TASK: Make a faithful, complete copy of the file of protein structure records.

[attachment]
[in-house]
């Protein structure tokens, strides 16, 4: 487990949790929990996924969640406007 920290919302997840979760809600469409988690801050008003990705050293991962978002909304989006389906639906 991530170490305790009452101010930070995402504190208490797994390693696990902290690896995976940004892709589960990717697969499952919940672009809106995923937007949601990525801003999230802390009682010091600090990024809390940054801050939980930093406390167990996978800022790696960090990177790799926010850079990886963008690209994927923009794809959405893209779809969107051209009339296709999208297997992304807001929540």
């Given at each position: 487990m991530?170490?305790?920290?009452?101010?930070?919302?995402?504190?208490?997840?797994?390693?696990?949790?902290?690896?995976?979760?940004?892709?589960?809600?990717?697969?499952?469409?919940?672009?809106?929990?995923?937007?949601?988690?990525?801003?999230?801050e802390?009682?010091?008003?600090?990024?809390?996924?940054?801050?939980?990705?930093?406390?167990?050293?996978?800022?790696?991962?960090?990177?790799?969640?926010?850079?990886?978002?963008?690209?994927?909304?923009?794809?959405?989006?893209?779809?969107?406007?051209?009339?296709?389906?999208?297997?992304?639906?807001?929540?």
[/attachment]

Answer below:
[in-house]
């Protein structure tokens, strides 16, 4: 487990949790929990996924969640406007 920290919302997840979760809600469409988690801050008003990705050293991962978002909304989006389906639906 991530170490305790009452101010930070995402504190208490797994390693696990902290690896995976940004892709589960990717697969499952919940672009809106995923937007949601990525801003999230802390009682010091600090990024809390940054801050939980930093406390167990996978800022790696960090990177790799926010850079990886963008690209994927923009794809959405893209779809969107051209009339296709999208297997992304807001929540």
């Given at each position: 487990m991530?170490?305790?920290?009452?101010?930070?919302?995402?504190?208490?997840?797994?390693?696990?949790?902290?690896?995976?979760?940004?892709?589960?809600?990717?697969?499952?469409?919940?672009?809106?929990?995923?937007?949601?988690?990525?801003?999230?801050e802390?009682?010091?008003?600090?990024?809390?996924?940054?801050?939980?990705?930093?406390?167990?050293?996978?800022?790696?991962?960090?990177?790799?969640?926010?850079?990886?978002?963008?690209?994927?909304?923009?794809?959405?989006?893209?779809?969107?406007?051209?009339?296709?389906?999208?297997?992304?639906?807001?929540?």